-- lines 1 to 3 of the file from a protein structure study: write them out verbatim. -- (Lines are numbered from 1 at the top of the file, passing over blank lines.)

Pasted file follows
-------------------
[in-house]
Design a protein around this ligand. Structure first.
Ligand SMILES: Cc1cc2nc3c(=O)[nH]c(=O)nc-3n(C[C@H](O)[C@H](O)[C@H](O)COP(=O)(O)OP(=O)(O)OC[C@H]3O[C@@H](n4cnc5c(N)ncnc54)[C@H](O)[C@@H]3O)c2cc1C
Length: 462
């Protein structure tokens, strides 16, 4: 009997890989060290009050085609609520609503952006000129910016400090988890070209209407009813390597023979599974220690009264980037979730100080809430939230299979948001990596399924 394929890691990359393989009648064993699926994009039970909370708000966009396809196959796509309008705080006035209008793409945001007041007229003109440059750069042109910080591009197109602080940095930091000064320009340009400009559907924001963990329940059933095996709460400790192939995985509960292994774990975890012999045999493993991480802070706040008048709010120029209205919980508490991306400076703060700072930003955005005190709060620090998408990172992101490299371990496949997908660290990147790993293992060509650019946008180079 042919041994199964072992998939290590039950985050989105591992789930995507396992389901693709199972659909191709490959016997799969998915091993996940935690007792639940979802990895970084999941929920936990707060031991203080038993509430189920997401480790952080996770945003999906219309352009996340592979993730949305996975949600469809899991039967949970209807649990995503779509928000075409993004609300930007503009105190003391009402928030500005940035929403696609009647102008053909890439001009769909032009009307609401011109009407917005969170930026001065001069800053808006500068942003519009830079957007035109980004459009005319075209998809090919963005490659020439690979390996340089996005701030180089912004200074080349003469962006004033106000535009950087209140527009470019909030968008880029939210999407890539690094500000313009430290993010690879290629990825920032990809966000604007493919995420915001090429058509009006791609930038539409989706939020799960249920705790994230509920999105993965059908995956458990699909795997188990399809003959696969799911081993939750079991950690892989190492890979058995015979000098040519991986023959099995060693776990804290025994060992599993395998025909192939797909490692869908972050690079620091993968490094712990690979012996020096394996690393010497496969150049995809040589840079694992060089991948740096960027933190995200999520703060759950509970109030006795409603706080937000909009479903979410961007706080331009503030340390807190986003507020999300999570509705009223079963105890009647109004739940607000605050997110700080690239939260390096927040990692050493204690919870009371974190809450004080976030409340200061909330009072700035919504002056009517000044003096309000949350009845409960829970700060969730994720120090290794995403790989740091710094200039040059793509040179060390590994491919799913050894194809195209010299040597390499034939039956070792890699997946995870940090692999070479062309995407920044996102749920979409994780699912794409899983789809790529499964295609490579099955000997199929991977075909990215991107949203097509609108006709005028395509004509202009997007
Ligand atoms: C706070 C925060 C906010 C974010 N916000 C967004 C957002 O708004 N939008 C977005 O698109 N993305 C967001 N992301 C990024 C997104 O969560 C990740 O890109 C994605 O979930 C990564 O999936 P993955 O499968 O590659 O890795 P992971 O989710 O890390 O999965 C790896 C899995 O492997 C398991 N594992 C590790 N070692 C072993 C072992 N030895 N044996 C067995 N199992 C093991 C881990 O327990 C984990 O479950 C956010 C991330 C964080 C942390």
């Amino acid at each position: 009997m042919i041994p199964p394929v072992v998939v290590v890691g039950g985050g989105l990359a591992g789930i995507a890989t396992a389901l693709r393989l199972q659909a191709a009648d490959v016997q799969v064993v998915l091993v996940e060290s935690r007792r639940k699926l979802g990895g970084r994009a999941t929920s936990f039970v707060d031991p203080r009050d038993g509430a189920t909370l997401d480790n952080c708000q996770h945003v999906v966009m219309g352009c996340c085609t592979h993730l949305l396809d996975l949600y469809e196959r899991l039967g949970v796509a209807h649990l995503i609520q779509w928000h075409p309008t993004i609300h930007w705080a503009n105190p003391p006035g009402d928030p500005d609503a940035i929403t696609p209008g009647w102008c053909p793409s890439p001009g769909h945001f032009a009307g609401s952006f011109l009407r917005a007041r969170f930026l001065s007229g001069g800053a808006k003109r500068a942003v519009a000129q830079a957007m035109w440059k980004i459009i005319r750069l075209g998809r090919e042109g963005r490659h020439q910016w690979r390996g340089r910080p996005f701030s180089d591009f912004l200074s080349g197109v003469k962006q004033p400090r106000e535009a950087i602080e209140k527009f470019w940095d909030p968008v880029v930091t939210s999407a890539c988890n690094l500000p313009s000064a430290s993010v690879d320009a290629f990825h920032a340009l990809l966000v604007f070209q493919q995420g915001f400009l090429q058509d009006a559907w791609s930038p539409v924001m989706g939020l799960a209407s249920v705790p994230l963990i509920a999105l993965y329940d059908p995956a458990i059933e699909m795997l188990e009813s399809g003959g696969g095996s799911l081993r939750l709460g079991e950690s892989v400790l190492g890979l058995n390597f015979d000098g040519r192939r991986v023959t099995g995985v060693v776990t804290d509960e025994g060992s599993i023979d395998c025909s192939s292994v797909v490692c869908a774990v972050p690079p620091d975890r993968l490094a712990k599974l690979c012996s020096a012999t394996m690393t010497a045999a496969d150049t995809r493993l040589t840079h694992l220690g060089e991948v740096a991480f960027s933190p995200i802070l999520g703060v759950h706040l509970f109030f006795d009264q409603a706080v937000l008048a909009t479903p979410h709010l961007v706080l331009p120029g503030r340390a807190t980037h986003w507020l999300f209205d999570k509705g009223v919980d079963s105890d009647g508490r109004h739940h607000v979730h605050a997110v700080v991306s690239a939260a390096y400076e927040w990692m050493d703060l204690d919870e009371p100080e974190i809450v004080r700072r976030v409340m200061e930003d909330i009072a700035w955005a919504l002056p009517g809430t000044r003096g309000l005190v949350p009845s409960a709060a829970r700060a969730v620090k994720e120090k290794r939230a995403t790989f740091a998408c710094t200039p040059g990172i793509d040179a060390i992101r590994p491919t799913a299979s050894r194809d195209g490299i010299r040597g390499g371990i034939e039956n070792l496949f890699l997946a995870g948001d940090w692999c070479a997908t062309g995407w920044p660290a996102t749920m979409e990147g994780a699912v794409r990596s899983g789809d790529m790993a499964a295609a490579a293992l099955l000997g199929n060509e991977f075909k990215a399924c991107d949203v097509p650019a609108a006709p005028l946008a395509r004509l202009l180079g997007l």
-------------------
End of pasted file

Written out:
[in-house]
Design a protein around this ligand. Structure first.
Ligand SMILES: Cc1cc2nc3c(=O)[nH]c(=O)nc-3n(C[C@H](O)[C@H](O)[C@H](O)COP(=O)(O)OP(=O)(O)OC[C@H]3O[C@@H](n4cnc5c(N)ncnc54)[C@H](O)[C@@H]3O)c2cc1C